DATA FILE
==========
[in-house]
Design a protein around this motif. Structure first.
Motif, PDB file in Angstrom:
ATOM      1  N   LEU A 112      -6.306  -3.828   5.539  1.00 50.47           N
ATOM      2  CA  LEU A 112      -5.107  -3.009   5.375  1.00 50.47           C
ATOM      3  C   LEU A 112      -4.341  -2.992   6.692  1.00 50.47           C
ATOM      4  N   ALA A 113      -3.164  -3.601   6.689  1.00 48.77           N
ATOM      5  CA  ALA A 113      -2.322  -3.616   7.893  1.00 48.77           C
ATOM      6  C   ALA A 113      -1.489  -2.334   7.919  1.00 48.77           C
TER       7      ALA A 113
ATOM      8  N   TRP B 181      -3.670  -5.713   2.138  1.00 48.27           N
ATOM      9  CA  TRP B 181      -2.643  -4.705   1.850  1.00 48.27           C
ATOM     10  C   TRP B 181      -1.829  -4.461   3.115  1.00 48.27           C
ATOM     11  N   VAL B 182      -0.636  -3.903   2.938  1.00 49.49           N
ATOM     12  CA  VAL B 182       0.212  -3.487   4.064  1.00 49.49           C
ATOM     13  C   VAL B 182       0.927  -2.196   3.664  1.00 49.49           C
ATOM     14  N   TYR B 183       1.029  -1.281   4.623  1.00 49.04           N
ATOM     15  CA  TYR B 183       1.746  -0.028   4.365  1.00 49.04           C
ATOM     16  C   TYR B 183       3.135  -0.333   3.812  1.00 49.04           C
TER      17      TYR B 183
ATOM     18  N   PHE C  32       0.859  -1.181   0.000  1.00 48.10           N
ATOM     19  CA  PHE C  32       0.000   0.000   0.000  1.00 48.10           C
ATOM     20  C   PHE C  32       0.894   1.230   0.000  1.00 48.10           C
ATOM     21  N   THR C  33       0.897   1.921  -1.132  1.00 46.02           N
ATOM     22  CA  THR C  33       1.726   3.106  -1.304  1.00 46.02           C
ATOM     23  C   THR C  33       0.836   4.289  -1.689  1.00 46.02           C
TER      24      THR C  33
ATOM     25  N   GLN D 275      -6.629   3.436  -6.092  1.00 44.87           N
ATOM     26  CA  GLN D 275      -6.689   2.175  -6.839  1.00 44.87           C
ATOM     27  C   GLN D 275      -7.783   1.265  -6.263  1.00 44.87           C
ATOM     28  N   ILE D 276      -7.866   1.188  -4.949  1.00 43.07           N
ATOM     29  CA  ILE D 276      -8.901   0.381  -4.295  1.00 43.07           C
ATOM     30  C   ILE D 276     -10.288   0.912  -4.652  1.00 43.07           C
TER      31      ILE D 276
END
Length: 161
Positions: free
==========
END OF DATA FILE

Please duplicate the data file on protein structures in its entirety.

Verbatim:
[in-house]
Design a protein around this motif. Structure first.
Motif, PDB file in Angstrom:
ATOM      1  N   LEU A 112      -6.306  -3.828   5.539  1.00 50.47           N
ATOM      2  CA  LEU A 112      -5.107  -3.009   5.375  1.00 50.47           C
ATOM      3  C   LEU A 112      -4.341  -2.992   6.692  1.00 50.47           C
ATOM      4  N   ALA A 113      -3.164  -3.601   6.689  1.00 48.77           N
ATOM      5  CA  ALA A 113      -2.322  -3.616   7.893  1.00 48.77           C
ATOM      6  C   ALA A 113      -1.489  -2.334   7.919  1.00 48.77           C
TER       7      ALA A 113
ATOM      8  N   TRP B 181      -3.670  -5.713   2.138  1.00 48.27           N
ATOM      9  CA  TRP B 181      -2.643  -4.705   1.850  1.00 48.27           C
ATOM     10  C   TRP B 181      -1.829  -4.461   3.115  1.00 48.27           C
ATOM     11  N   VAL B 182      -0.636  -3.903   2.938  1.00 49.49           N
ATOM     12  CA  VAL B 182       0.212  -3.487   4.064  1.00 49.49           C
ATOM     13  C   VAL B 182       0.927  -2.196   3.664  1.00 49.49           C
ATOM     14  N   TYR B 183       1.029  -1.281   4.623  1.00 49.04           N
ATOM     15  CA  TYR B 183       1.746  -0.028   4.365  1.00 49.04           C
ATOM     16  C   TYR B 183       3.135  -0.333   3.812  1.00 49.04           C
TER      17      TYR B 183
ATOM     18  N   PHE C  32       0.859  -1.181   0.000  1.00 48.10           N
ATOM     19  CA  PHE C  32       0.000   0.000   0.000  1.00 48.10           C
ATOM     20  C   PHE C  32       0.894   1.230   0.000  1.00 48.10           C
ATOM     21  N   THR C  33       0.897   1.921  -1.132  1.00 46.02           N
ATOM     22  CA  THR C  33       1.726   3.106  -1.304  1.00 46.02           C
ATOM     23  C   THR C  33       0.836   4.289  -1.689  1.00 46.02           C
TER      24      THR C  33
ATOM     25  N   GLN D 275      -6.629   3.436  -6.092  1.00 44.87           N
ATOM     26  CA  GLN D 275      -6.689   2.175  -6.839  1.00 44.87           C
ATOM     27  C   GLN D 275      -7.783   1.265  -6.263  1.00 44.87           C
ATOM     28  N   ILE D 276      -7.866   1.188  -4.949  1.00 43.07           N
ATOM     29  CA  ILE D 276      -8.901   0.381  -4.295  1.00 43.07           C
ATOM     30  C   ILE D 276     -10.288   0.912  -4.652  1.00 43.07           C
TER      31      ILE D 276
END
Length: 161
Positions: free